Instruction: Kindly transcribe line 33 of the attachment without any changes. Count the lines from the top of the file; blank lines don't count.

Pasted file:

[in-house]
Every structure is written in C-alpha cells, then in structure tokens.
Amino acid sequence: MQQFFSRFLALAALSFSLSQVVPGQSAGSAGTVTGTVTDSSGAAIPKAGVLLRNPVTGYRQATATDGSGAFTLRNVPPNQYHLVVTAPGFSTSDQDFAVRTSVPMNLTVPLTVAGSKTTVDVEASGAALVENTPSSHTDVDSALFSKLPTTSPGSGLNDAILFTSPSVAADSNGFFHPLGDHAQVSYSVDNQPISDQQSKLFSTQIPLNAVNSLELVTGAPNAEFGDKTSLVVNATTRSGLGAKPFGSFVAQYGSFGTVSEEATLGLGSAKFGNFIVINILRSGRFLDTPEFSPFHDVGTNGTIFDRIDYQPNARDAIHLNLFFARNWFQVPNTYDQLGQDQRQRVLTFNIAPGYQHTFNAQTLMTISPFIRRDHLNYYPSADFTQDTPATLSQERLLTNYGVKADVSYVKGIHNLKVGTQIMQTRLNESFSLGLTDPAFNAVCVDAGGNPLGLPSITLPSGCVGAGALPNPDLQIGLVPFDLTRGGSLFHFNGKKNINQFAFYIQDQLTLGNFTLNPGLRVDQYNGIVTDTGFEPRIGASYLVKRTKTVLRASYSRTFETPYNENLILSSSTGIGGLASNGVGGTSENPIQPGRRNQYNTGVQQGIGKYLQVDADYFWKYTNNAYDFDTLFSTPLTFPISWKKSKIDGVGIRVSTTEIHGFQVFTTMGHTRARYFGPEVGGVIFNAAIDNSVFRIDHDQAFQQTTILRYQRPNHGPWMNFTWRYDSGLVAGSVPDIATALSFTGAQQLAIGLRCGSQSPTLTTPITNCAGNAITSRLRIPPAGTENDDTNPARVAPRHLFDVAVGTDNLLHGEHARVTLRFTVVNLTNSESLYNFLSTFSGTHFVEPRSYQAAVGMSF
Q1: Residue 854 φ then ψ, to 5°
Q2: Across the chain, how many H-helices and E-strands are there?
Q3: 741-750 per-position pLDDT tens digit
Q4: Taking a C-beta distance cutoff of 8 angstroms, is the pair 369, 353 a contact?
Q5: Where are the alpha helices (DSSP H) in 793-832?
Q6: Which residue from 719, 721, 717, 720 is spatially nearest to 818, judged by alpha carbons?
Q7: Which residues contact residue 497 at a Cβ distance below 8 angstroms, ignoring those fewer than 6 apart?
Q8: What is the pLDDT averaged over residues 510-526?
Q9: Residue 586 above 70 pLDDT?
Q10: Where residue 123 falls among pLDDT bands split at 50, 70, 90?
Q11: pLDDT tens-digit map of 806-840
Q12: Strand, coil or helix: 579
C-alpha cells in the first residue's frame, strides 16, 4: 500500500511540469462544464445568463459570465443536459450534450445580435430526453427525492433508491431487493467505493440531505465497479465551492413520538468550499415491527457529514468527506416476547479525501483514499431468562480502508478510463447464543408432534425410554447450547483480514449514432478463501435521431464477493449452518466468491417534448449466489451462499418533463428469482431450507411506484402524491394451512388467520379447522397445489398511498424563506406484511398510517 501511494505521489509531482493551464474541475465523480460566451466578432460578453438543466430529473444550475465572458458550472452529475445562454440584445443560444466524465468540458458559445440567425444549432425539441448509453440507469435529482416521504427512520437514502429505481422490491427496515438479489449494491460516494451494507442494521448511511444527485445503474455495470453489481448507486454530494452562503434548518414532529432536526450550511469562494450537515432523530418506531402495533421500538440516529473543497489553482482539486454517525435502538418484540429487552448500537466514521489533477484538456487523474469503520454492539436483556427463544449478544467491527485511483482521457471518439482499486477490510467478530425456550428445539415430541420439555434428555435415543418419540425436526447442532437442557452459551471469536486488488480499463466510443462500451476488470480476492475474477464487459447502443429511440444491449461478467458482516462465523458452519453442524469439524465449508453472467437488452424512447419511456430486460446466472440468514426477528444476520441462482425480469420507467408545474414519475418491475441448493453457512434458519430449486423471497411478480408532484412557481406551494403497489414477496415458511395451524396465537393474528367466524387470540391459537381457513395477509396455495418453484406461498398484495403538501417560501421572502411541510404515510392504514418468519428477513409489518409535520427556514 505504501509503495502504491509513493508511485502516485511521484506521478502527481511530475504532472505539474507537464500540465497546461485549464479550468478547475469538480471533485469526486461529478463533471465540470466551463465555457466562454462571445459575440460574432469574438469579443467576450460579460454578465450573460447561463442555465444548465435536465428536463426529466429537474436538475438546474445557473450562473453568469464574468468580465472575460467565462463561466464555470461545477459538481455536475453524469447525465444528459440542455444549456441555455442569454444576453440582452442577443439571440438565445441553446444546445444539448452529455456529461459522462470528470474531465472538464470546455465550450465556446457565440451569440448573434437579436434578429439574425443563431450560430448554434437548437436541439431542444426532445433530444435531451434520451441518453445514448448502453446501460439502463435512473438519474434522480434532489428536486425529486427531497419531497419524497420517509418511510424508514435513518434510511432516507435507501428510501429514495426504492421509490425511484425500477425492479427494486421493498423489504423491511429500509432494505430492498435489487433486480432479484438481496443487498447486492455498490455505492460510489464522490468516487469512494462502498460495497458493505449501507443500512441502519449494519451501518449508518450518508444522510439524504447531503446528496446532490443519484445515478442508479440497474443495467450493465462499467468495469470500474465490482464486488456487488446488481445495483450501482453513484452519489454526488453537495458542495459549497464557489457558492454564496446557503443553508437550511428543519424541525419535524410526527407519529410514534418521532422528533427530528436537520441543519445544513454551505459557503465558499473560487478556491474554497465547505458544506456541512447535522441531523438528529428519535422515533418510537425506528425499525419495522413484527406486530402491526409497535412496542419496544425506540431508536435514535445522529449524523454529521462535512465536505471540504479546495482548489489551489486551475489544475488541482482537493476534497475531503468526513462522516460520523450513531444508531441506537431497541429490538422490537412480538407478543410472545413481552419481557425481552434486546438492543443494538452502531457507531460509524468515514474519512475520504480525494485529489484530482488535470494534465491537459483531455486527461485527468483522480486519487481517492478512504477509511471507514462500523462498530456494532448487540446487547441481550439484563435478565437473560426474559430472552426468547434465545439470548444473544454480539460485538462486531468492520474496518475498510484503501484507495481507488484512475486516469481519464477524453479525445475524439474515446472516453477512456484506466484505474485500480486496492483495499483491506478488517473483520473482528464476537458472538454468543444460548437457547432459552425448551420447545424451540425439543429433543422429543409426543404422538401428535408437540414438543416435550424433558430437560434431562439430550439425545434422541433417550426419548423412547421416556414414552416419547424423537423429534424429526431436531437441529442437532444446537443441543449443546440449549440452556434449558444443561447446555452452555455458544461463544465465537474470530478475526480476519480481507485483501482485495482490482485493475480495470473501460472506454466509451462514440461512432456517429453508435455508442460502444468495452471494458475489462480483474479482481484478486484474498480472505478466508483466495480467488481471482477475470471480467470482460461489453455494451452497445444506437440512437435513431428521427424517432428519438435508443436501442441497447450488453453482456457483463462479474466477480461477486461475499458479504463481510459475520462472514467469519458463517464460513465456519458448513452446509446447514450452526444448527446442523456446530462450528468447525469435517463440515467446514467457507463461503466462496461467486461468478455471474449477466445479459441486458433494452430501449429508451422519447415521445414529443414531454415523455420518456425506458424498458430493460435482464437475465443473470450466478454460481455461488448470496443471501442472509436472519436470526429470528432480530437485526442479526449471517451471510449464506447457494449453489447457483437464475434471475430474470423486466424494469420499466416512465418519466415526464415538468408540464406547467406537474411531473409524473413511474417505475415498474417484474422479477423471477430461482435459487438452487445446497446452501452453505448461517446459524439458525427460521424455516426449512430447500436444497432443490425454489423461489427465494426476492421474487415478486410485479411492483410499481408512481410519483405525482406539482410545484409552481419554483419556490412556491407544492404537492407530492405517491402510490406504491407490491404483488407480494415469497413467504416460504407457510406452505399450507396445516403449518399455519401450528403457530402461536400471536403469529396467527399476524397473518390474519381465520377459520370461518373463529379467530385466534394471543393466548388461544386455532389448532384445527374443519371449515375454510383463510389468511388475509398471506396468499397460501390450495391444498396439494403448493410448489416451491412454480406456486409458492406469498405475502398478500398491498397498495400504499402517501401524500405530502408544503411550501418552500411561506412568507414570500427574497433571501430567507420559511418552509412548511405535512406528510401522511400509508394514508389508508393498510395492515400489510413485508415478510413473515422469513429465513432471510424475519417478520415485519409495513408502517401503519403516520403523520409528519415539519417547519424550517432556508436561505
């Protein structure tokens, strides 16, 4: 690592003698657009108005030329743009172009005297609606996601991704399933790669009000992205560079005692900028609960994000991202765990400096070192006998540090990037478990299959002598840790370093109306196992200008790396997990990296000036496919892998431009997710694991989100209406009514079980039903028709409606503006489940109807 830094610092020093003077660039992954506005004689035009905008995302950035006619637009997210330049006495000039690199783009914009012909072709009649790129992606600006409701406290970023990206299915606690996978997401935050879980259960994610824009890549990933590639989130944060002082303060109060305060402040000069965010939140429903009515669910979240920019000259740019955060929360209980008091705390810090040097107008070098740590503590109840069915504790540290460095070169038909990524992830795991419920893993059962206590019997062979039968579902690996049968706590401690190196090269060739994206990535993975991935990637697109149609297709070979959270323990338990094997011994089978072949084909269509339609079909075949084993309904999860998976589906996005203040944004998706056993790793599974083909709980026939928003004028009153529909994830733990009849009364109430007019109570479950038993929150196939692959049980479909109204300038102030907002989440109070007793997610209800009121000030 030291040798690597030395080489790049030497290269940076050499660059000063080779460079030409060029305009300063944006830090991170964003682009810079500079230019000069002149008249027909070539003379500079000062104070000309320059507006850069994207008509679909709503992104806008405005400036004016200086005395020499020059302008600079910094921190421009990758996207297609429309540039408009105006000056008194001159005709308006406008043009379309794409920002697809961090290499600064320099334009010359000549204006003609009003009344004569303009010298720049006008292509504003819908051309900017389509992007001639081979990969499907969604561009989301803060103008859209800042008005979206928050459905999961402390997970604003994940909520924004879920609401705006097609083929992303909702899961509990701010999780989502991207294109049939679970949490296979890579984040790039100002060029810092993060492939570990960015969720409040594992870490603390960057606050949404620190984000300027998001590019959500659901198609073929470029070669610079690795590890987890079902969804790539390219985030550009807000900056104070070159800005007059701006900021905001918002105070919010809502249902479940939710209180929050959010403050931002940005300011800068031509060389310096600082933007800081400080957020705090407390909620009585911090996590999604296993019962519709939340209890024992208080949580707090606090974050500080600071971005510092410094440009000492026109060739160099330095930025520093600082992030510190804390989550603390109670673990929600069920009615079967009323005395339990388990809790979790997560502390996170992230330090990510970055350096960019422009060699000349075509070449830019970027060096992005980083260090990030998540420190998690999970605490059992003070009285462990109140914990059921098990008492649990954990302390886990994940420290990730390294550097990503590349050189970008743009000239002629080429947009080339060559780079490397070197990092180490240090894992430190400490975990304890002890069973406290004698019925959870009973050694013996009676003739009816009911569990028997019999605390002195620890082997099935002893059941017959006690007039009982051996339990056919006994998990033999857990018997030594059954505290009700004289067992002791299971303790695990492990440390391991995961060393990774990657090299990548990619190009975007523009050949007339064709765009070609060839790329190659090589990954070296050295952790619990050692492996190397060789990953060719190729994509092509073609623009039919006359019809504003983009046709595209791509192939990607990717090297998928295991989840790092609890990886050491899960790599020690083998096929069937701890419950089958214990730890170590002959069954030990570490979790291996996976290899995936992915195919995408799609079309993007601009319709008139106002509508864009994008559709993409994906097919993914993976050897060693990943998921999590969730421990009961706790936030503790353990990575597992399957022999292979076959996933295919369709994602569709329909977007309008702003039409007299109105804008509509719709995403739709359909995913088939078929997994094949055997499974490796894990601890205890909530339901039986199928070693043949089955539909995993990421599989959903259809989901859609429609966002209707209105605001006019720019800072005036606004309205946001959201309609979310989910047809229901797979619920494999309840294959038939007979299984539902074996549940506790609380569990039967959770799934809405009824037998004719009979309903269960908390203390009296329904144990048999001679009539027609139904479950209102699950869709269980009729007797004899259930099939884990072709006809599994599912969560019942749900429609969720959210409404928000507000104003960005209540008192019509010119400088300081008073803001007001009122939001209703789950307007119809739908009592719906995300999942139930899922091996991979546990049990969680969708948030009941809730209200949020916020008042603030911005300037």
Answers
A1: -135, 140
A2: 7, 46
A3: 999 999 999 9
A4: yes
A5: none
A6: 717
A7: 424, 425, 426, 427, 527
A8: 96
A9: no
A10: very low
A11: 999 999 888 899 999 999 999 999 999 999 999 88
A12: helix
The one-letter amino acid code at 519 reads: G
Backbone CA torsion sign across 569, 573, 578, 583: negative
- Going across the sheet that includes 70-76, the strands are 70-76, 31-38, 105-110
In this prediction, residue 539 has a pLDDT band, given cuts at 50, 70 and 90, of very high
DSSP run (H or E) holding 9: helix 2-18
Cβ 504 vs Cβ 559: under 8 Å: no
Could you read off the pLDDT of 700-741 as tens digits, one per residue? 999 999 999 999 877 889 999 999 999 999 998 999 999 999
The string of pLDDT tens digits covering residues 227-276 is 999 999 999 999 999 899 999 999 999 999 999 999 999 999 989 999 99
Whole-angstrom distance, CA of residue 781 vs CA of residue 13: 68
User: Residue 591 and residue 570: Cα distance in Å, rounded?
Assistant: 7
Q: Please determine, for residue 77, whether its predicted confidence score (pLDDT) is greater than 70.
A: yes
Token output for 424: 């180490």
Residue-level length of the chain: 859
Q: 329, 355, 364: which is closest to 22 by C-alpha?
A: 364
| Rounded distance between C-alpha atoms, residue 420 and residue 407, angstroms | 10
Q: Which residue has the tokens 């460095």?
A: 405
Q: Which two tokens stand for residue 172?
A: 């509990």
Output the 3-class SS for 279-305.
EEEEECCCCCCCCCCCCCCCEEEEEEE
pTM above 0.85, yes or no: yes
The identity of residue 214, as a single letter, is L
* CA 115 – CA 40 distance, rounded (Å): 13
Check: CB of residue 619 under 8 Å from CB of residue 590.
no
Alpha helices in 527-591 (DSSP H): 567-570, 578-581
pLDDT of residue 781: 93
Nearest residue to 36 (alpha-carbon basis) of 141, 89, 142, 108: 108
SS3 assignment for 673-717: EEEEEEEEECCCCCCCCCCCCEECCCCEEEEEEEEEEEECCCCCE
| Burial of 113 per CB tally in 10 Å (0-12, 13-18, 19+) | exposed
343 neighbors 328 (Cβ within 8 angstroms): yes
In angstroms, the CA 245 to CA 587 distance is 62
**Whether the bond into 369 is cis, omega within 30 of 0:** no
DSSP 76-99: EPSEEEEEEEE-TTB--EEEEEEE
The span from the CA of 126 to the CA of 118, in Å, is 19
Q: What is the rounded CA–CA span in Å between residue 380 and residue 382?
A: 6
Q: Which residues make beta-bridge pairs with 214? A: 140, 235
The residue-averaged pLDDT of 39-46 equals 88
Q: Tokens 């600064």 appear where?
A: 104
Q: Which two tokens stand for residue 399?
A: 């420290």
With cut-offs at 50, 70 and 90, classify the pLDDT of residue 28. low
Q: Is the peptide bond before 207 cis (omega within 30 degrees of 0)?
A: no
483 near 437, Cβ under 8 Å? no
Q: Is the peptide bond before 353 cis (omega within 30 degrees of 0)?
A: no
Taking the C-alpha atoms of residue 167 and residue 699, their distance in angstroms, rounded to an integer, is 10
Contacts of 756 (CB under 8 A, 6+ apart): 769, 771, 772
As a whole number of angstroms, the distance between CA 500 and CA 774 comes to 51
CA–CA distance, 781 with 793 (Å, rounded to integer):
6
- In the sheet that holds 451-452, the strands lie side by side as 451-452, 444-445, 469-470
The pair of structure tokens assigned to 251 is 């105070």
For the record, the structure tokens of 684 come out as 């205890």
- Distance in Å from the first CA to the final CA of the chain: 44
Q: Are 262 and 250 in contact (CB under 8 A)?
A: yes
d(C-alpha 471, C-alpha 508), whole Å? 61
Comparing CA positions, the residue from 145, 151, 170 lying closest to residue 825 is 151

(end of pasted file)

- Going across the sheet that includes 70-76, the strands are 70-76, 31-38, 105-110